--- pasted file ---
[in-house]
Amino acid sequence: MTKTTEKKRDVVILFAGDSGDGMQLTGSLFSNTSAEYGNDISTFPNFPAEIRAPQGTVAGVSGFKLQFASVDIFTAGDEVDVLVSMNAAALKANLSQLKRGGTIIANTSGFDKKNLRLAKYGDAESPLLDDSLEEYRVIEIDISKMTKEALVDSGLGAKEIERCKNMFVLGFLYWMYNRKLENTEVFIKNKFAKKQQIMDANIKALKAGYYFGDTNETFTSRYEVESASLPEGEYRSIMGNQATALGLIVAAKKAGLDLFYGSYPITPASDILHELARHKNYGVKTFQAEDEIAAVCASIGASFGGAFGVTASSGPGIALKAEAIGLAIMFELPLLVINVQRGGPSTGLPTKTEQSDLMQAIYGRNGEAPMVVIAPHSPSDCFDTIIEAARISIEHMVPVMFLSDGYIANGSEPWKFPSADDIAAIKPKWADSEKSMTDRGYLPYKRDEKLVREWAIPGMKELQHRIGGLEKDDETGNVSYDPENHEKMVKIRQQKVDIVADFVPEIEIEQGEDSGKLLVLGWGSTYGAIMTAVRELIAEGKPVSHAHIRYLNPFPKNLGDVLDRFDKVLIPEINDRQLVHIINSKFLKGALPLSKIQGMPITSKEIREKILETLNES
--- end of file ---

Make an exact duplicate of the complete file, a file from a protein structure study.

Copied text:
[in-house]
Amino acid sequence: MTKTTEKKRDVVILFAGDSGDGMQLTGSLFSNTSAEYGNDISTFPNFPAEIRAPQGTVAGVSGFKLQFASVDIFTAGDEVDVLVSMNAAALKANLSQLKRGGTIIANTSGFDKKNLRLAKYGDAESPLLDDSLEEYRVIEIDISKMTKEALVDSGLGAKEIERCKNMFVLGFLYWMYNRKLENTEVFIKNKFAKKQQIMDANIKALKAGYYFGDTNETFTSRYEVESASLPEGEYRSIMGNQATALGLIVAAKKAGLDLFYGSYPITPASDILHELARHKNYGVKTFQAEDEIAAVCASIGASFGGAFGVTASSGPGIALKAEAIGLAIMFELPLLVINVQRGGPSTGLPTKTEQSDLMQAIYGRNGEAPMVVIAPHSPSDCFDTIIEAARISIEHMVPVMFLSDGYIANGSEPWKFPSADDIAAIKPKWADSEKSMTDRGYLPYKRDEKLVREWAIPGMKELQHRIGGLEKDDETGNVSYDPENHEKMVKIRQQKVDIVADFVPEIEIEQGEDSGKLLVLGWGSTYGAIMTAVRELIAEGKPVSHAHIRYLNPFPKNLGDVLDRFDKVLIPEINDRQLVHIINSKFLKGALPLSKIQGMPITSKEIREKILETLNES